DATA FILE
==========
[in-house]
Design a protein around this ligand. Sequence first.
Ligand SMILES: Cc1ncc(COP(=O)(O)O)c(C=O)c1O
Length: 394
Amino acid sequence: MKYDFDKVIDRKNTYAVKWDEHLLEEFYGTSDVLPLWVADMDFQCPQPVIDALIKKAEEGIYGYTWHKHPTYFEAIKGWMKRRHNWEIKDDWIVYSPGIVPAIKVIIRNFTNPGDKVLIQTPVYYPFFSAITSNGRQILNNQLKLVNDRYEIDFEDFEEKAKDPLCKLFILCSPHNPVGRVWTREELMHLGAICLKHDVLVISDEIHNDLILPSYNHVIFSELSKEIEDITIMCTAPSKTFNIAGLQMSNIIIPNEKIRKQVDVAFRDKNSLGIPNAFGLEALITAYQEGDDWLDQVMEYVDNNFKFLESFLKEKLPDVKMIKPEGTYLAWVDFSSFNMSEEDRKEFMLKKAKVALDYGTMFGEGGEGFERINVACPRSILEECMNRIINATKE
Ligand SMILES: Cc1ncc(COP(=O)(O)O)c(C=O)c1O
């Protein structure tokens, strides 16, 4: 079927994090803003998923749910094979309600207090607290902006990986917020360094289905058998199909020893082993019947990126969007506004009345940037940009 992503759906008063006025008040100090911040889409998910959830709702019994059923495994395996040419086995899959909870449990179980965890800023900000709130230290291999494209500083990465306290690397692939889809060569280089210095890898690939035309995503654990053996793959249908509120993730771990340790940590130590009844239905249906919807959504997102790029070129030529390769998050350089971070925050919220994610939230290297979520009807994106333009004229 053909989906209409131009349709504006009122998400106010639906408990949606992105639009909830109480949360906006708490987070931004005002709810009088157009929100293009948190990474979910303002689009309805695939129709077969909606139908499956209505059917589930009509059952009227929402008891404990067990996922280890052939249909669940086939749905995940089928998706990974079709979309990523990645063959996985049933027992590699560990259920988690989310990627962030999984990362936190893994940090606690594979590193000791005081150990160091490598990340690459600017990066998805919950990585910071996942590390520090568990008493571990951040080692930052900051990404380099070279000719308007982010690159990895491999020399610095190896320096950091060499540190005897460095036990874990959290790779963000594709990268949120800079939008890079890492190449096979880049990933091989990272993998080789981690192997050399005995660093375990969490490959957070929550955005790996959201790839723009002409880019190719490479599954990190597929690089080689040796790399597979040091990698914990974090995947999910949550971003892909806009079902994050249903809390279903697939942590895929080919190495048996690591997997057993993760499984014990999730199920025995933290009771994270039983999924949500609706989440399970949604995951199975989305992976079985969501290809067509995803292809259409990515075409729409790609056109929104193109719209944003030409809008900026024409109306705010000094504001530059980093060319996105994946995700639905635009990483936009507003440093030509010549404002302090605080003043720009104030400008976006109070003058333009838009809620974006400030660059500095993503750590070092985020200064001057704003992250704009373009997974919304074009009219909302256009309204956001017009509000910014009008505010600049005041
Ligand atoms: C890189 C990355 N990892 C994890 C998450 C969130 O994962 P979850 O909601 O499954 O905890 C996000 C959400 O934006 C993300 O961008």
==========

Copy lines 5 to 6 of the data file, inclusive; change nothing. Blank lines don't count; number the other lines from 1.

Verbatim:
Amino acid sequence: MKYDFDKVIDRKNTYAVKWDEHLLEEFYGTSDVLPLWVADMDFQCPQPVIDALIKKAEEGIYGYTWHKHPTYFEAIKGWMKRRHNWEIKDDWIVYSPGIVPAIKVIIRNFTNPGDKVLIQTPVYYPFFSAITSNGRQILNNQLKLVNDRYEIDFEDFEEKAKDPLCKLFILCSPHNPVGRVWTREELMHLGAICLKHDVLVISDEIHNDLILPSYNHVIFSELSKEIEDITIMCTAPSKTFNIAGLQMSNIIIPNEKIRKQVDVAFRDKNSLGIPNAFGLEALITAYQEGDDWLDQVMEYVDNNFKFLESFLKEKLPDVKMIKPEGTYLAWVDFSSFNMSEEDRKEFMLKKAKVALDYGTMFGEGGEGFERINVACPRSILEECMNRIINATKE
Ligand SMILES: Cc1ncc(COP(=O)(O)O)c(C=O)c1O